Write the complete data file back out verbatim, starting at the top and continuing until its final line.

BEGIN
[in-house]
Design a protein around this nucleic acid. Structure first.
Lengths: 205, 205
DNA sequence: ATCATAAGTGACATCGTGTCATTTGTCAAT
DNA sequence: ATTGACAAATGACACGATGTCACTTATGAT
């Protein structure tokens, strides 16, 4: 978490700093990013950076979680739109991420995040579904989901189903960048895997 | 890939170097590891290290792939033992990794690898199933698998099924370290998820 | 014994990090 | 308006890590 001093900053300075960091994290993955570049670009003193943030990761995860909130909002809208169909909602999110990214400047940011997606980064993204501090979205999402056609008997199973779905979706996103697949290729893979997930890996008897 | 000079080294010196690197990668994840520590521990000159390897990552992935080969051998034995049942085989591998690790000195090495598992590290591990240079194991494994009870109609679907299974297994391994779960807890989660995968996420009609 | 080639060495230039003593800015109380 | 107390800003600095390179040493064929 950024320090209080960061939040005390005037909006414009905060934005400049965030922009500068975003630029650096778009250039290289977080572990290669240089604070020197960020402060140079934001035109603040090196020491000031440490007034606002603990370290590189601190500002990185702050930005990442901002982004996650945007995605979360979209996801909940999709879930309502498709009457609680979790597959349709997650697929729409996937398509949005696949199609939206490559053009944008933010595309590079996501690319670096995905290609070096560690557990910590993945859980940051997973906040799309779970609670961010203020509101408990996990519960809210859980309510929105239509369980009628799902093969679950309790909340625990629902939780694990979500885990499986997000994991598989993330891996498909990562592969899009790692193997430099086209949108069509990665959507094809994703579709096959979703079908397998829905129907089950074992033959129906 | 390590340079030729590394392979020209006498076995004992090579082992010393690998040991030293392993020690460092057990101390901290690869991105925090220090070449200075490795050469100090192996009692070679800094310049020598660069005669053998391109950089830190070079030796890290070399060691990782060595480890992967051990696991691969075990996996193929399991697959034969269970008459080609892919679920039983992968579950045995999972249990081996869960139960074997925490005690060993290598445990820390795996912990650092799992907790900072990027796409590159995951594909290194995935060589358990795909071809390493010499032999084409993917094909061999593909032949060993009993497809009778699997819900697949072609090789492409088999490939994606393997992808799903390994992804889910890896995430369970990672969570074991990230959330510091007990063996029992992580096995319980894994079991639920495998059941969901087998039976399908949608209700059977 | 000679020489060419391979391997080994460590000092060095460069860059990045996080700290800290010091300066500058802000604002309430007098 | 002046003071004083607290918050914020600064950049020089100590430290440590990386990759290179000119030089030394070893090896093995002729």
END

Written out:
[in-house]
Design a protein around this nucleic acid. Structure first.
Lengths: 205, 205
DNA sequence: ATCATAAGTGACATCGTGTCATTTGTCAAT
DNA sequence: ATTGACAAATGACACGATGTCACTTATGAT
């Protein structure tokens, strides 16, 4: 978490700093990013950076979680739109991420995040579904989901189903960048895997 | 890939170097590891290290792939033992990794690898199933698998099924370290998820 | 014994990090 | 308006890590 001093900053300075960091994290993955570049670009003193943030990761995860909130909002809208169909909602999110990214400047940011997606980064993204501090979205999402056609008997199973779905979706996103697949290729893979997930890996008897 | 000079080294010196690197990668994840520590521990000159390897990552992935080969051998034995049942085989591998690790000195090495598992590290591990240079194991494994009870109609679907299974297994391994779960807890989660995968996420009609 | 080639060495230039003593800015109380 | 107390800003600095390179040493064929 950024320090209080960061939040005390005037909006414009905060934005400049965030922009500068975003630029650096778009250039290289977080572990290669240089604070020197960020402060140079934001035109603040090196020491000031440490007034606002603990370290590189601190500002990185702050930005990442901002982004996650945007995605979360979209996801909940999709879930309502498709009457609680979790597959349709997650697929729409996937398509949005696949199609939206490559053009944008933010595309590079996501690319670096995905290609070096560690557990910590993945859980940051997973906040799309779970609670961010203020509101408990996990519960809210859980309510929105239509369980009628799902093969679950309790909340625990629902939780694990979500885990499986997000994991598989993330891996498909990562592969899009790692193997430099086209949108069509990665959507094809994703579709096959979703079908397998829905129907089950074992033959129906 | 390590340079030729590394392979020209006498076995004992090579082992010393690998040991030293392993020690460092057990101390901290690869991105925090220090070449200075490795050469100090192996009692070679800094310049020598660069005669053998391109950089830190070079030796890290070399060691990782060595480890992967051990696991691969075990996996193929399991697959034969269970008459080609892919679920039983992968579950045995999972249990081996869960139960074997925490005690060993290598445990820390795996912990650092799992907790900072990027796409590159995951594909290194995935060589358990795909071809390493010499032999084409993917094909061999593909032949060993009993497809009778699997819900697949072609090789492409088999490939994606393997992808799903390994992804889910890896995430369970990672969570074991990230959330510091007990063996029992992580096995319980894994079991639920495998059941969901087998039976399908949608209700059977 | 000679020489060419391979391997080994460590000092060095460069860059990045996080700290800290010091300066500058802000604002309430007098 | 002046003071004083607290918050914020600064950049020089100590430290440590990386990759290179000119030089030394070893090896093995002729």